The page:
• Choose your battles wisely. Surely, there will be times in your life when it is essential to fight for things you believe in. The problem is many people spend their lives fighting over relatively unimportant things that come up daily. This not only causes stress and tension, but it also alienates people around you. Take a look at the big picture. Is it really that important?

  • SOFTEN your image to make yourself more approachable, likable, and trustworthy. People make up their minds about you instantly. To create a positive impression, you need to be aware of the messages your body language is displaying. Follow the SOFTEN formula; Smile, Be Open (arms), Forward Lean/Focus, Territory (distance to be away from someone), Eye Contact, Nodding to show you are paying attention

  • Avoid the misunderstandings that destroy relationships. Assume the next message you send will be misunderstood. One of the keys to reducing misunderstandings is to paraphrase. In other words, after you give directions or receive directions, you might say, “I just want to make sure I understand what you want, you said …….”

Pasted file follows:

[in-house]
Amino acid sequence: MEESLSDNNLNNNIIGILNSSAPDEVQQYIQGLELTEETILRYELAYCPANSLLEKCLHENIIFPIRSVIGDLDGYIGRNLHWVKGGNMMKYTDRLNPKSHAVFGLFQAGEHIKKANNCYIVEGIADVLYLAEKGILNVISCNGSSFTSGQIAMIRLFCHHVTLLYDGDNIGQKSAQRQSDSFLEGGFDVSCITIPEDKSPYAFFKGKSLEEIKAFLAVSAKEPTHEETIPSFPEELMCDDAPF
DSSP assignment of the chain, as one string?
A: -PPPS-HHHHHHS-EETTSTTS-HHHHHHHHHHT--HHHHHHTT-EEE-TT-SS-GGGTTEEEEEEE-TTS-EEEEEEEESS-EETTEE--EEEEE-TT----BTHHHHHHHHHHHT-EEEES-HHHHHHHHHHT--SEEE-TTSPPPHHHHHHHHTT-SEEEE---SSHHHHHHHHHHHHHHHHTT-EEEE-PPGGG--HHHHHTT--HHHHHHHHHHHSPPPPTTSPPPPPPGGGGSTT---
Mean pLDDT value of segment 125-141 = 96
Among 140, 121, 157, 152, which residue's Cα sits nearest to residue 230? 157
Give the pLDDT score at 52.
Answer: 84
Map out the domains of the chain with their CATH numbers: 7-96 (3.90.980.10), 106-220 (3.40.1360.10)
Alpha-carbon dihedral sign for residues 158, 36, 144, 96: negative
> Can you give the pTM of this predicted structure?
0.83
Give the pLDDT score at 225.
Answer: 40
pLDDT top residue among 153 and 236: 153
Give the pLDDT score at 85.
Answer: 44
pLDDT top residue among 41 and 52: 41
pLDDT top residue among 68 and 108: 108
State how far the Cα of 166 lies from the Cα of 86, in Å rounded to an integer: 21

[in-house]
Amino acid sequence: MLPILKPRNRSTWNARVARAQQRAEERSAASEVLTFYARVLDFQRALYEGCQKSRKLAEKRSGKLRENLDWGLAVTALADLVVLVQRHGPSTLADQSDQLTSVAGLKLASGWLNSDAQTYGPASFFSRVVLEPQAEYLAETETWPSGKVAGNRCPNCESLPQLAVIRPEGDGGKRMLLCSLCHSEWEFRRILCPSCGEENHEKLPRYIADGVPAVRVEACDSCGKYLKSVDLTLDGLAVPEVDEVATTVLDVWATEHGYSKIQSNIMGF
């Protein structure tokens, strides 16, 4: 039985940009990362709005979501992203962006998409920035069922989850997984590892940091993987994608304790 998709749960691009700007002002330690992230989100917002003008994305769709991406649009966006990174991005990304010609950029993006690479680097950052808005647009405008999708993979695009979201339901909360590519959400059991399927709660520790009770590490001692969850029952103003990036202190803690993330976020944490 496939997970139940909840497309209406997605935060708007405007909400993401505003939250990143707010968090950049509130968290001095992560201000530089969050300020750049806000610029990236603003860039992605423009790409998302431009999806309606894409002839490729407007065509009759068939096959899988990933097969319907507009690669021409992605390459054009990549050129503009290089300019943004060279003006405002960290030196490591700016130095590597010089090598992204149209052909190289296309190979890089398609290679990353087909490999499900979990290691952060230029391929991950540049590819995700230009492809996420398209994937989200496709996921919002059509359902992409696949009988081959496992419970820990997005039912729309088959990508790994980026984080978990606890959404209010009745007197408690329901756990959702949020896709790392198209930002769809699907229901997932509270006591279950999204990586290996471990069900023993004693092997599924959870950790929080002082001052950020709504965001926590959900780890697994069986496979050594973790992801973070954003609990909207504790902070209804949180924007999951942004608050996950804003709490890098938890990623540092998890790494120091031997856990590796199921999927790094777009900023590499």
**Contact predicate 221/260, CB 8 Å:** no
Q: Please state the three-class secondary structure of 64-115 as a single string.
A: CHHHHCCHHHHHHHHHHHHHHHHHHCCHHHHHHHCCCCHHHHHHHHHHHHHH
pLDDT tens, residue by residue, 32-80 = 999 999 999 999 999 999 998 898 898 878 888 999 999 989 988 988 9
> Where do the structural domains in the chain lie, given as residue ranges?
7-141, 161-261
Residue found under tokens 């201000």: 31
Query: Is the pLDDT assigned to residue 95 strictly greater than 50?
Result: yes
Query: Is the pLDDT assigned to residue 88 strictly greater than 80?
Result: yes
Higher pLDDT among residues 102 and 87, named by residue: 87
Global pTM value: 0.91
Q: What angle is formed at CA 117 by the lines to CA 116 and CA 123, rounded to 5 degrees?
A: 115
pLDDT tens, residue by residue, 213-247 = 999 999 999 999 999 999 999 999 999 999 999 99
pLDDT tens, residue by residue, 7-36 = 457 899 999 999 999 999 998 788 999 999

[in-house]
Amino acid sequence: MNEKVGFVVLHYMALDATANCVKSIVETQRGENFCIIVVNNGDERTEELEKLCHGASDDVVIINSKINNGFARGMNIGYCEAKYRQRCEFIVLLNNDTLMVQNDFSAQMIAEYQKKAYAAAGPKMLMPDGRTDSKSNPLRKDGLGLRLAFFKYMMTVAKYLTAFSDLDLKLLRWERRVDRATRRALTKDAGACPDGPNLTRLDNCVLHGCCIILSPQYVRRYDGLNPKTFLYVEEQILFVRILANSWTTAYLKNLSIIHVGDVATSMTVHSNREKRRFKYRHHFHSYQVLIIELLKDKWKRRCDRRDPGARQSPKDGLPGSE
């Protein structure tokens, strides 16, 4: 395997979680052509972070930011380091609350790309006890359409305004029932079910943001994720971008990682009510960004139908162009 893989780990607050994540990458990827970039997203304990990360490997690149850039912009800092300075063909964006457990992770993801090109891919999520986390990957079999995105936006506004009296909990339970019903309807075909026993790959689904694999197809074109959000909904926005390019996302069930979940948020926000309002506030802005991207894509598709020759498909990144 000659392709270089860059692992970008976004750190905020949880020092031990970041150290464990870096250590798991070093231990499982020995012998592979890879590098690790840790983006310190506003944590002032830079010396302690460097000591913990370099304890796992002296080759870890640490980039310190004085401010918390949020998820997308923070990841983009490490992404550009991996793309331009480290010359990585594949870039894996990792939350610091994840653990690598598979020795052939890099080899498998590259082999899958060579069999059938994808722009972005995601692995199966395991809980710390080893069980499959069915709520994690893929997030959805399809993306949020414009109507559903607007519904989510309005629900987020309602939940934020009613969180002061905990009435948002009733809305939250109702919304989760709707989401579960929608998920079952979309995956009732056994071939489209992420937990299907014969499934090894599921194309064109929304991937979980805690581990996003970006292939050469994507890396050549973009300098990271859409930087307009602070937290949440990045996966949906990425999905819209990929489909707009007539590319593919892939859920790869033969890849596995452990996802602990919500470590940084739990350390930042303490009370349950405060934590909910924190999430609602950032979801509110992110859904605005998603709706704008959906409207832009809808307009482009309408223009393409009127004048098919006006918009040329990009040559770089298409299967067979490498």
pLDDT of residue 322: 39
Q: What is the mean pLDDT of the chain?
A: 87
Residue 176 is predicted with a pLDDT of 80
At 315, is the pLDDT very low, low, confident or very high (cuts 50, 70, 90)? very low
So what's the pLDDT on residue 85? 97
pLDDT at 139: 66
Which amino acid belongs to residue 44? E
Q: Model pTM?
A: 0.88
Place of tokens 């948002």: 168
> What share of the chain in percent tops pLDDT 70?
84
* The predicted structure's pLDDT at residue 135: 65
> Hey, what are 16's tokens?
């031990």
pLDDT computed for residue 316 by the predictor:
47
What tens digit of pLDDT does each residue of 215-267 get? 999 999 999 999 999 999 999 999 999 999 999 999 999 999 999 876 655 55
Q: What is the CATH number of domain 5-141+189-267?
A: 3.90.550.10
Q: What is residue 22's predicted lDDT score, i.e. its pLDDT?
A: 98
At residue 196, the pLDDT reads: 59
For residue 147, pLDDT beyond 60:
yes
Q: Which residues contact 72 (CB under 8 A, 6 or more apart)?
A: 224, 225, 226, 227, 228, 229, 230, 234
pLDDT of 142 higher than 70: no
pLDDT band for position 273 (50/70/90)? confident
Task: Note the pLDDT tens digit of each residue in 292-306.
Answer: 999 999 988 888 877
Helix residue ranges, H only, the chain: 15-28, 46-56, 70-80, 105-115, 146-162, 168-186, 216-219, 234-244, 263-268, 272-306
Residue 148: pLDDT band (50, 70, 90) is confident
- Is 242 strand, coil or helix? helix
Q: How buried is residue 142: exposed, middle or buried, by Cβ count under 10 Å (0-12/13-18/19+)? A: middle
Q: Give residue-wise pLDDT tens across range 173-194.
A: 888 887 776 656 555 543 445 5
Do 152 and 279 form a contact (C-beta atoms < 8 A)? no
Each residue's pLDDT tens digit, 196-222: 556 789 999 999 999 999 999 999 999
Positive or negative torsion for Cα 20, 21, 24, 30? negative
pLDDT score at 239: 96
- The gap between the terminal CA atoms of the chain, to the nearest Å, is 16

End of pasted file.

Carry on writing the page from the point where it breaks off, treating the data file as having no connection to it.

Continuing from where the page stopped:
• Watch your language and talk to others in a friendly way. Words can hurt. Look inward before lashing outward, and be sure to taste your words before spitting them out. People get more upset about how you say something (words, language, and tone) then by your viewpoint, attitude, or opinion. Be careful of communication such as; it is what it is; accusing someone; slang and profanity; sarcasm; labels; making threats; and vs. but; talking about sex, politics, and religion; or using words such as whatever or no problem.

Published by Helene R. Johnson

Helene R. Johnson is a pseudonym. Living life as a mom and manager. Articles are also published on, a site dedicated to human resources with a focus on transformational change and development.